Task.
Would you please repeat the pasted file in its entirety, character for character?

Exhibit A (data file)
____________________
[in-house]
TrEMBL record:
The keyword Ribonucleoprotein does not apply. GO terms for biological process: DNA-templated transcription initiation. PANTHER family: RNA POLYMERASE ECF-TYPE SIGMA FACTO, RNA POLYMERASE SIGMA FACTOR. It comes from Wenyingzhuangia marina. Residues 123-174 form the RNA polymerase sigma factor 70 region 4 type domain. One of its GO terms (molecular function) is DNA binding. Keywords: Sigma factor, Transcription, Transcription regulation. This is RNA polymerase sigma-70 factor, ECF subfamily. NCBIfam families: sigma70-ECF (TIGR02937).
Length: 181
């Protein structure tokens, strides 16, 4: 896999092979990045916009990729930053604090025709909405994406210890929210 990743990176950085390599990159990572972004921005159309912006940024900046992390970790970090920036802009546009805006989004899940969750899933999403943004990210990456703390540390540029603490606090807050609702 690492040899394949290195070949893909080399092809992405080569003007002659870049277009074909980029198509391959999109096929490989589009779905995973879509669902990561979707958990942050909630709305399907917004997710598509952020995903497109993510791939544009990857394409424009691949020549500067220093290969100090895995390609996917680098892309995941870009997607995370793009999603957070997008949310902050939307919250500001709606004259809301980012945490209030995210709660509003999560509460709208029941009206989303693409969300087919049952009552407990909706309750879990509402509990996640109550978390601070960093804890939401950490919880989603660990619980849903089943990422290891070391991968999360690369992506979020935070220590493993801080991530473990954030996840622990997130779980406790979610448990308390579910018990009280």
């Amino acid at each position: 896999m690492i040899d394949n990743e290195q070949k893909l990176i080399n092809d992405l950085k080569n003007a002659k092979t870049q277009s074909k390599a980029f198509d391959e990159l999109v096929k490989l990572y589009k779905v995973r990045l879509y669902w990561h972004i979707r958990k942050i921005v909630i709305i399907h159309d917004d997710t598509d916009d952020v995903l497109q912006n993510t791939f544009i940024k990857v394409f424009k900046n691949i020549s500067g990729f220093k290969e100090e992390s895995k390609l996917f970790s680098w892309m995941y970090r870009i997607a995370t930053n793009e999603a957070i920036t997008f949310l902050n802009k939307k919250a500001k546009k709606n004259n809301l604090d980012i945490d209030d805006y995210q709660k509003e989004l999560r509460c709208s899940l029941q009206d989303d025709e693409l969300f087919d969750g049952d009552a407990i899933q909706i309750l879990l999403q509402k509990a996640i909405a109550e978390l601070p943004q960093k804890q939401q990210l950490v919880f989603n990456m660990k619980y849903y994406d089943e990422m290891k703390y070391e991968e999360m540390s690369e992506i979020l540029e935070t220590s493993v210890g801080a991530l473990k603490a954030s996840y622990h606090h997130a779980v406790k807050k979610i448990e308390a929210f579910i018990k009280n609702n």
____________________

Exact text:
[in-house]
TrEMBL record:
The keyword Ribonucleoprotein does not apply. GO terms for biological process: DNA-templated transcription initiation. PANTHER family: RNA POLYMERASE ECF-TYPE SIGMA FACTO, RNA POLYMERASE SIGMA FACTOR. It comes from Wenyingzhuangia marina. Residues 123-174 form the RNA polymerase sigma factor 70 region 4 type domain. One of its GO terms (molecular function) is DNA binding. Keywords: Sigma factor, Transcription, Transcription regulation. This is RNA polymerase sigma-70 factor, ECF subfamily. NCBIfam families: sigma70-ECF (TIGR02937).
Length: 181
């Protein structure tokens, strides 16, 4: 896999092979990045916009990729930053604090025709909405994406210890929210 990743990176950085390599990159990572972004921005159309912006940024900046992390970790970090920036802009546009805006989004899940969750899933999403943004990210990456703390540390540029603490606090807050609702 690492040899394949290195070949893909080399092809992405080569003007002659870049277009074909980029198509391959999109096929490989589009779905995973879509669902990561979707958990942050909630709305399907917004997710598509952020995903497109993510791939544009990857394409424009691949020549500067220093290969100090895995390609996917680098892309995941870009997607995370793009999603957070997008949310902050939307919250500001709606004259809301980012945490209030995210709660509003999560509460709208029941009206989303693409969300087919049952009552407990909706309750879990509402509990996640109550978390601070960093804890939401950490919880989603660990619980849903089943990422290891070391991968999360690369992506979020935070220590493993801080991530473990954030996840622990997130779980406790979610448990308390579910018990009280």
């Amino acid at each position: 896999m690492i040899d394949n990743e290195q070949k893909l990176i080399n092809d992405l950085k080569n003007a002659k092979t870049q277009s074909k390599a980029f198509d391959e990159l999109v096929k490989l990572y589009k779905v995973r990045l879509y669902w990561h972004i979707r958990k942050i921005v909630i709305i399907h159309d917004d997710t598509d916009d952020v995903l497109q912006n993510t791939f544009i940024k990857v394409f424009k900046n691949i020549s500067g990729f220093k290969e100090e992390s895995k390609l996917f970790s680098w892309m995941y970090r870009i997607a995370t930053n793009e999603a957070i920036t997008f949310l902050n802009k939307k919250a500001k546009k709606n004259n809301l604090d980012i945490d209030d805006y995210q709660k509003e989004l999560r509460c709208s899940l029941q009206d989303d025709e693409l969300f087919d969750g049952d009552a407990i899933q909706i309750l879990l999403q509402k509990a996640i909405a109550e978390l601070p943004q960093k804890q939401q990210l950490v919880f989603n990456m660990k619980y849903y994406d089943e990422m290891k703390y070391e991968e999360m540390s690369e992506i979020l540029e935070t220590s493993v210890g801080a991530l473990k603490a954030s996840y622990h606090h997130a779980v406790k807050k979610i448990e308390a929210f579910i018990k009280n609702n």